Contributed by John J. Grabowski, Ph.D., Historian/Senior Vice President for Research and Publications.
The forthcoming emergence of the 17-year cicadas is fast approaching. It’s one of nature’s most incredible cycles – periods of time built around natural rhythms that define our lives.
Indeed, this event is a good occasion to think about how we choose, in many ways, to divide the past into regular spaces of time, and then how we park our memories within those spaces.
Obviously, the earth’s orbit of the sun and the four seasons that accompany it are the natural set of cycles that define our lives. And, of course, within that orbit there are the shifting positions of the stars that form the Zodiac and the astrological links to Capricorn, Gemini, Taurus, et al. that some believe govern our personalities and our fate.
But within that natural cosmic cycle we create and encounter other time nodes to which we link our lives and memories — all of which are based on the calendar that defines the days and years of our journeys around the sun. The school semester, baseball season in spring, and football in fall are markers we sometimes use to chart our lives. Then there are others – every four years a Presidential election, the time in one’s youth of a bar or bat mitzvah, or a first communion are remembered stages in life.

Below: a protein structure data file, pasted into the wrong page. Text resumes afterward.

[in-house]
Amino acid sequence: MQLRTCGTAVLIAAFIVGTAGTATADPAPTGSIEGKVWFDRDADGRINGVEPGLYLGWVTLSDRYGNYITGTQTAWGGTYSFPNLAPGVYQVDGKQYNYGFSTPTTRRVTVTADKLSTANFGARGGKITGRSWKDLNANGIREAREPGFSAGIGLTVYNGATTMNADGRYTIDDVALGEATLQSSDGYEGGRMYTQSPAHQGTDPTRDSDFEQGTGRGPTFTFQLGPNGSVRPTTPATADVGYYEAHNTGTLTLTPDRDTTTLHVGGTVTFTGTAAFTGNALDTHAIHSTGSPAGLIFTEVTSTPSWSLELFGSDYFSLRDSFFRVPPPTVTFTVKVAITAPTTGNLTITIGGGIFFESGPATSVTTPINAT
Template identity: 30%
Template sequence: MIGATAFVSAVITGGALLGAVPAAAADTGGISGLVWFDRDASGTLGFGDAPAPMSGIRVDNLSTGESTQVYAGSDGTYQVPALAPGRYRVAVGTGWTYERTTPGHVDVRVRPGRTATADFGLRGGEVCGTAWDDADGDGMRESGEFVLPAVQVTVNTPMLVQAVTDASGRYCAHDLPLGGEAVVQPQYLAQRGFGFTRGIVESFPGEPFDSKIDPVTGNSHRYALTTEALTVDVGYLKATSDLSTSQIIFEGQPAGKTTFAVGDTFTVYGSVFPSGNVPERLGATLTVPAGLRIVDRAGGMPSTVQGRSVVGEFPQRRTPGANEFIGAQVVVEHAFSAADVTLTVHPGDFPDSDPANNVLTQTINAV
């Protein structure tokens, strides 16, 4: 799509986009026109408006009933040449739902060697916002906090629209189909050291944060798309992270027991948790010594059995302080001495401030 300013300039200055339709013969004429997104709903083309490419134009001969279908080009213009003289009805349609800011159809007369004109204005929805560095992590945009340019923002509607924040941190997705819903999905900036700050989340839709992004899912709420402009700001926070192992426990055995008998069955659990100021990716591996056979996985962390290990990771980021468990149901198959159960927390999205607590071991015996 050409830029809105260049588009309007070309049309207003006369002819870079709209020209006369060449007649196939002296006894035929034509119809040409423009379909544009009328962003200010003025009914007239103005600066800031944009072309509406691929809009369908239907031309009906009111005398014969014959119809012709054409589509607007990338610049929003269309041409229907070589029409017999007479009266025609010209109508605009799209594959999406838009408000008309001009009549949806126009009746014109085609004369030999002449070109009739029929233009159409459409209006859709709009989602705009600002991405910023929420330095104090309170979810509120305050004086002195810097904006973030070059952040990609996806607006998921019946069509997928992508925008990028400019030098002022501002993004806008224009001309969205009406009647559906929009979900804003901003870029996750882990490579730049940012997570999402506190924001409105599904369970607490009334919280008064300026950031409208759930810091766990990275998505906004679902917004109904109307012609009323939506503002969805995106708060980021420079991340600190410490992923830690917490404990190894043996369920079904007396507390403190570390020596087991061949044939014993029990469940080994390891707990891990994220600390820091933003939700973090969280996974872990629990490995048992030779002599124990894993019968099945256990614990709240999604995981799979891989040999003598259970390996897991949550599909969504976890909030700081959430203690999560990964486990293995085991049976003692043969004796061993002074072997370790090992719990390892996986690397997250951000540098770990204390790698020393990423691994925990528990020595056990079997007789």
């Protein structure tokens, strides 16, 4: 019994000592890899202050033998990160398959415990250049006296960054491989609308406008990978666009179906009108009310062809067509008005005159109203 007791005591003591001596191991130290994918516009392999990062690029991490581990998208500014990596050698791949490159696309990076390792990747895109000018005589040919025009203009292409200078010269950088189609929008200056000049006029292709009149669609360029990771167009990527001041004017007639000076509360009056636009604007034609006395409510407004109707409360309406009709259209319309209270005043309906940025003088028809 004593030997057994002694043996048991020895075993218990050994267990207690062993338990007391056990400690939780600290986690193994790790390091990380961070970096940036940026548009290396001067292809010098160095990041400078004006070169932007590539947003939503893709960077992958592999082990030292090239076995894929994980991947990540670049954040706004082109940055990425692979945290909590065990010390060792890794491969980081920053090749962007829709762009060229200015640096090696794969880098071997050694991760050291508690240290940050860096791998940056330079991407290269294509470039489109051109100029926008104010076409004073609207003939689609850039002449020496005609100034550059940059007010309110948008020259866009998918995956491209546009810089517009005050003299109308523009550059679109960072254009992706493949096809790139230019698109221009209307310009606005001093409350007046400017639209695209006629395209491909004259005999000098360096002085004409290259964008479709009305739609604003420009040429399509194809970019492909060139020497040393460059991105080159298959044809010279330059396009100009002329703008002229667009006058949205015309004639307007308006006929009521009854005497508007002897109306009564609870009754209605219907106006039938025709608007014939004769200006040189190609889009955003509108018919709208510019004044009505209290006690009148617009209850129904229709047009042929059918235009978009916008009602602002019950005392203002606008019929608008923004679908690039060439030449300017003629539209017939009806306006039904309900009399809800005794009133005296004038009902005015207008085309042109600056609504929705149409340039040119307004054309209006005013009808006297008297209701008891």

There are longer cycles defined by other cosmic events – Halley’s comet appears every 75.3 years. Mark Twain was born in 1835 during an appearance of the comet. He noted in 1909 “I came in with Halley’s Comet. It is coming again next year. The Almighty has said, no doubt, ‘Now there are these two unaccountable freaks; they came in together, they must go out together. ‘” Twain died in 1910 when the comet returned.
This year the cicadas seem to provide us another natural cycle – the emergence of Brood X which will be prevalent in Ohio and Indiana. It is estimated that this will be an occasion when billions of cicadas come out of the ground beginning in May. It happens every seventeen years and things will get a bit noisy and sidewalks and streets a bit crunchy. And it “sounds” like it will be memorable.
Indeed, what do Clevelander’s remember from the last time Brood X emerged? It was 2004 and the Indians would end up in 3rd place – Omar Vizquel was still on the team. The Browns, well forget about it, as it would be only a 4-win season (remember coaches Terry Robiskie and Butch Davis?). But then the Cavs had LeBron on the squad. He had been drafted the year before. Jane Campbell, the city’s first and only woman mayor was still in office and still dealing with the economic issues that followed the “Dot-com” collapse in 2001-2002.
Nevertheless, some of us may wish to link a life event to this natural event this year. Will we someday tell someone that he or she was born in the year of the great Cicada emergence? Perhaps, but, that could get confusing particularly if he or she moves out of the area. Brood X is one of 14 broods of 17- year cicadas, each emerging on its own annual cycle in specific areas east of the Mississippi River. Add to that the three broods of thirteen-year cicadas that emerge at different times, and it’s hard to measure a life event like a birth, wedding or graduation around a noisy spring unless you stay in the same place over time! Indeed, there were and will be only five years between 2013 and 2029 in the Midwest, South, and East Coast that will be absent cicadas.